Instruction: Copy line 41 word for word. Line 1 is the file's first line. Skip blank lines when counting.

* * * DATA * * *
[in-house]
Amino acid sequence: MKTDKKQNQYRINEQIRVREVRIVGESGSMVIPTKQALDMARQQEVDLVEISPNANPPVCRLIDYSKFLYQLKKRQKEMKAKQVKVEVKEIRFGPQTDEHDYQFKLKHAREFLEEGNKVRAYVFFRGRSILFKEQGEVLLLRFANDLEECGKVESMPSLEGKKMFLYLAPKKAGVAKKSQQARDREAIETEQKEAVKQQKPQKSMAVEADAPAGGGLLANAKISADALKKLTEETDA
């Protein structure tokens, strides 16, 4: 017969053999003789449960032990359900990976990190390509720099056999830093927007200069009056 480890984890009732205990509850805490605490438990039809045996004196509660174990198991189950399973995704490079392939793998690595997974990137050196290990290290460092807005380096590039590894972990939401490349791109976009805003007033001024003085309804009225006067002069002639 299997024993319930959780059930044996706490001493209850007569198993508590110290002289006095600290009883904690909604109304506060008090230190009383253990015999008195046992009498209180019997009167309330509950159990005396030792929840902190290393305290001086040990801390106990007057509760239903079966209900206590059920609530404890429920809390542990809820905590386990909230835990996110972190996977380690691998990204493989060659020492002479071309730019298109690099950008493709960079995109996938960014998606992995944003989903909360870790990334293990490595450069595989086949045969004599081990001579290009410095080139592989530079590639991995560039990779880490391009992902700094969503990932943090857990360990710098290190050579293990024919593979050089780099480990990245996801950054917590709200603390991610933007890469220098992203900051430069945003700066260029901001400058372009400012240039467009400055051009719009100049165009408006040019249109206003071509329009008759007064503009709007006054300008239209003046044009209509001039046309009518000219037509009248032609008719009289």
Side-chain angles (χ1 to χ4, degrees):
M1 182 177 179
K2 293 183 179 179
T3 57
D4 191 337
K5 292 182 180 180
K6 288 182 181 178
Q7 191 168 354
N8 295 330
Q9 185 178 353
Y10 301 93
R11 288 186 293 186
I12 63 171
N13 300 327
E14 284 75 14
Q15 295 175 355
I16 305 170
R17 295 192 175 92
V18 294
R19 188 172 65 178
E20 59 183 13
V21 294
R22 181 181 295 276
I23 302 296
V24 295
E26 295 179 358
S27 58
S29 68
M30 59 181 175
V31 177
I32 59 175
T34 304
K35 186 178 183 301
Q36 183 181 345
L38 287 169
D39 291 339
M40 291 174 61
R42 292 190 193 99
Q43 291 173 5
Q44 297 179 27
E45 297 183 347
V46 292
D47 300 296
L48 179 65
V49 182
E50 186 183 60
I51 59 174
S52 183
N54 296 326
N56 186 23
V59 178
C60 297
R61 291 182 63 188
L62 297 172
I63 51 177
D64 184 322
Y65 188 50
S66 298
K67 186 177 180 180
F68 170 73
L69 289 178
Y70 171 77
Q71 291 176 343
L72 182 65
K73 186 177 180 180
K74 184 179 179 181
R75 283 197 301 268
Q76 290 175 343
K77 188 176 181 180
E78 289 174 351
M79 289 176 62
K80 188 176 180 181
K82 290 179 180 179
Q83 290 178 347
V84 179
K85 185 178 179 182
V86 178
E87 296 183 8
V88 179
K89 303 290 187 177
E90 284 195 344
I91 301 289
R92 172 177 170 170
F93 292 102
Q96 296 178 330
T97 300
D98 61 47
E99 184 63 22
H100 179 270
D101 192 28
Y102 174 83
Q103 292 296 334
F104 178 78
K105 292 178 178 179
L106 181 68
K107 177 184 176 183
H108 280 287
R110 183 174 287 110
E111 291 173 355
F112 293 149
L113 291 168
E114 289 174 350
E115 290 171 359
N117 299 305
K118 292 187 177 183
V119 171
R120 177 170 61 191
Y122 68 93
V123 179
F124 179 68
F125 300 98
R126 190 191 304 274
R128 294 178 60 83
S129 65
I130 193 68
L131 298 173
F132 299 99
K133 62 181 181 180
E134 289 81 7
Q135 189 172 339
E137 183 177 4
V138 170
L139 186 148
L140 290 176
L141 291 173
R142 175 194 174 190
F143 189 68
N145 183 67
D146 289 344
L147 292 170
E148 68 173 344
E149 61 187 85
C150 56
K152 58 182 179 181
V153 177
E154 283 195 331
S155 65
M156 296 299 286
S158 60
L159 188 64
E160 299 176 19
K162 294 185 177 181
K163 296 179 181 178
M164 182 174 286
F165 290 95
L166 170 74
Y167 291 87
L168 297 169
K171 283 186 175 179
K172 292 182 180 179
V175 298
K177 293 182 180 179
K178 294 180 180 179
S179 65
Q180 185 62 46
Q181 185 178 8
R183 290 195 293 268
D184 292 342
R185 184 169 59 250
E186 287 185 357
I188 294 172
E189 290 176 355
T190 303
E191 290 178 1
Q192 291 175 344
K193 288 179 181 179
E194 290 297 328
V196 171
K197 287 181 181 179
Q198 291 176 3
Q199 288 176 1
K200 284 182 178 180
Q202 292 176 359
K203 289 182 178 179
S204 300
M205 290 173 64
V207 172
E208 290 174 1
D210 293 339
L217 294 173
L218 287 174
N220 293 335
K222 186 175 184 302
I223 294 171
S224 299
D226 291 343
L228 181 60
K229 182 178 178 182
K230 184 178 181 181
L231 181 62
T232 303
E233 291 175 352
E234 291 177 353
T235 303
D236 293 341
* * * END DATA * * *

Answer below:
R42 292 190 193 99